Life is precious, but it's also unpredictable. We may have a plan when we wake up in the morning, but something shifts, and it changes in the blink of an eye. In Lakewood, Phillip Noyce and Chris Sparling demonstrate the unpredictability of life, and Naomi Watts gives an anxiety-ridden, intense performance as a fierce mother attempting to get to her son.

Amy Carr (Naomi Watts) had no intention of taking a personal day. However, on the anniversary of her husband's death, the woman decides to take the day off and go for a run. As she jogs, she makes numerous phone calls to parents, friends, and boss. However, everything quickly turns to dust as the code red alert flashes on her phone's screen: there is an active shooter inside her son's high school. The race against time begins when Amy desperately tries to reach her son, Noah (Colton Gobbo), and save him. Unfortunately, it’s not as simple as it appears because the woman is a few miles away from home and doesn’t have a car.

It's not easy to make a film about a school shooting. To carefully execute such a film, one should proceed with caution and subtlety. Lakewood's creators take care to proceed sensitively and deliver a portrayal of a desperate mother who will do anything to get to her son as soon as possible. Amy runs through the woods, far from the city, with obstacles thrown in her way constantly. At the same time, she answers phones from teachers, other parents, and even the police, trying to find out anything she can. Her despair is visible in every facial expression and the timbre of her voice.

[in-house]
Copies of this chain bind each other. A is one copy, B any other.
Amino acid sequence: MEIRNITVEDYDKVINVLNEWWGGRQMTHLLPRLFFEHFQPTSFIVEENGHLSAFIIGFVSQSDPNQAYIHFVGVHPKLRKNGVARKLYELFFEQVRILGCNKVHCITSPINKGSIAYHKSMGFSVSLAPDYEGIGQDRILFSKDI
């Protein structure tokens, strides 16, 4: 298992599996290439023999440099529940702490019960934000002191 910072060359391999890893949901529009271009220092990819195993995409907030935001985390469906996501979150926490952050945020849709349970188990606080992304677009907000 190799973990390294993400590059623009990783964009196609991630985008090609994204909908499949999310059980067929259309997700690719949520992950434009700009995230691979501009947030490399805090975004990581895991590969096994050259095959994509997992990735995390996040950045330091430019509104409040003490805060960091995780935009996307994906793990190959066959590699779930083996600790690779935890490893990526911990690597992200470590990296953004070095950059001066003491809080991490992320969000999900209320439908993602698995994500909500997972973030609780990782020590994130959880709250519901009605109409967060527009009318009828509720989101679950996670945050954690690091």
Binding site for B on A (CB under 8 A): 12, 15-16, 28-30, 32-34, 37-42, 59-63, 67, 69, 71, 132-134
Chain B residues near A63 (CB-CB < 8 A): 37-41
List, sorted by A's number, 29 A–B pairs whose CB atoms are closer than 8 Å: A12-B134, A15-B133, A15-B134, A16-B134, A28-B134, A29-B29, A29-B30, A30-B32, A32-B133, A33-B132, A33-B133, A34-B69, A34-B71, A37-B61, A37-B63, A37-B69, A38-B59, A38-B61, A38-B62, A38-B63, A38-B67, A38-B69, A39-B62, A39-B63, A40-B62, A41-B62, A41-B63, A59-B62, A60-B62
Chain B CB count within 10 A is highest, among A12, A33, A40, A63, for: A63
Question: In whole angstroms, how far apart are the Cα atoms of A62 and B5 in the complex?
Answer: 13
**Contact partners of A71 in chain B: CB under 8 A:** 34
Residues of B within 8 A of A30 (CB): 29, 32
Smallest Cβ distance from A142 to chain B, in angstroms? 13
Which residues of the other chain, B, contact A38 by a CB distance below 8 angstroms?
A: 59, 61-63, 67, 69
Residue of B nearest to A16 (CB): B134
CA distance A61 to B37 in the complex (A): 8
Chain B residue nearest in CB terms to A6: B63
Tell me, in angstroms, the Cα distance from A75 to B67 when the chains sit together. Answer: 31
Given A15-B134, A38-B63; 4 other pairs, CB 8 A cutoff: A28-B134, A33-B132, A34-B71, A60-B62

One aspect of Lakewood that may entice and overshadow the film's flaws is the constant guessing. Who is the assailant? Who are the victims? Is Noah all right? Why is his phone turned off? The director constantly keeps us guessing and leads us down unexpected and frightening paths. The film could have gone in the wrong direction, but instead, it's executed just right. 

Despite some obvious flaws, such as strange music choices in certain scenes or overly dramatic music accompanying Amy as she runs through the woods, Naomi Watts saves the film with her incredible acting. Her character is tenacious, and she refuses to give up. She could easily succumb to the distressing emotions that sometimes arise when talking on the phone with others, but she doesn’t. The creators depict the overwhelming feeling of powerlessness in similar situations, particularly being a parent, through her character of a terrified but tenacious mother. This feeling accompanies the viewer until the very emotional third act and finale. The subject hits close to home and it’s even more terrifying as school shootings are a very real problem that the United States experiences. 

Lakewood may be an imperfect film, but it maintains a high level of tension from start to finish, causing the audience to keep their eyes fixed on the television. Then, just when we think it's predictable, it deviates from the path it's on and surprises us with new information. 

Colton Gobbo, who plays Noah, deserves to be praised alongside Naomi Watts, who gives an exhilarating and emotional performance. Although the young actor doesn't appear in the thriller very often, he does a fantastic job when he does.

Lakewood touches on the topics of life's unpredictability and how precious it is. At the same time, the emotional film hits close to home with its subject of the school shootings. Although it stumbles at times, it's a solid film with Naomi Watt's great performance. 

Movie Score: 4/5

  • Zofia Wijaszka
    About the Author - Zofia Wijaszka

    Zofia resides in LA and is passionate about pop culture, television, and Stevie Nicks. She graduated from the University of Wroclaw, Poland with a Bachelor’s Degree in Journalism and Social Communication with Creative Writing. She is a staff writer for First Showing and contributing writer for Awards Watch, Nerdist, Film Inquiry, and more.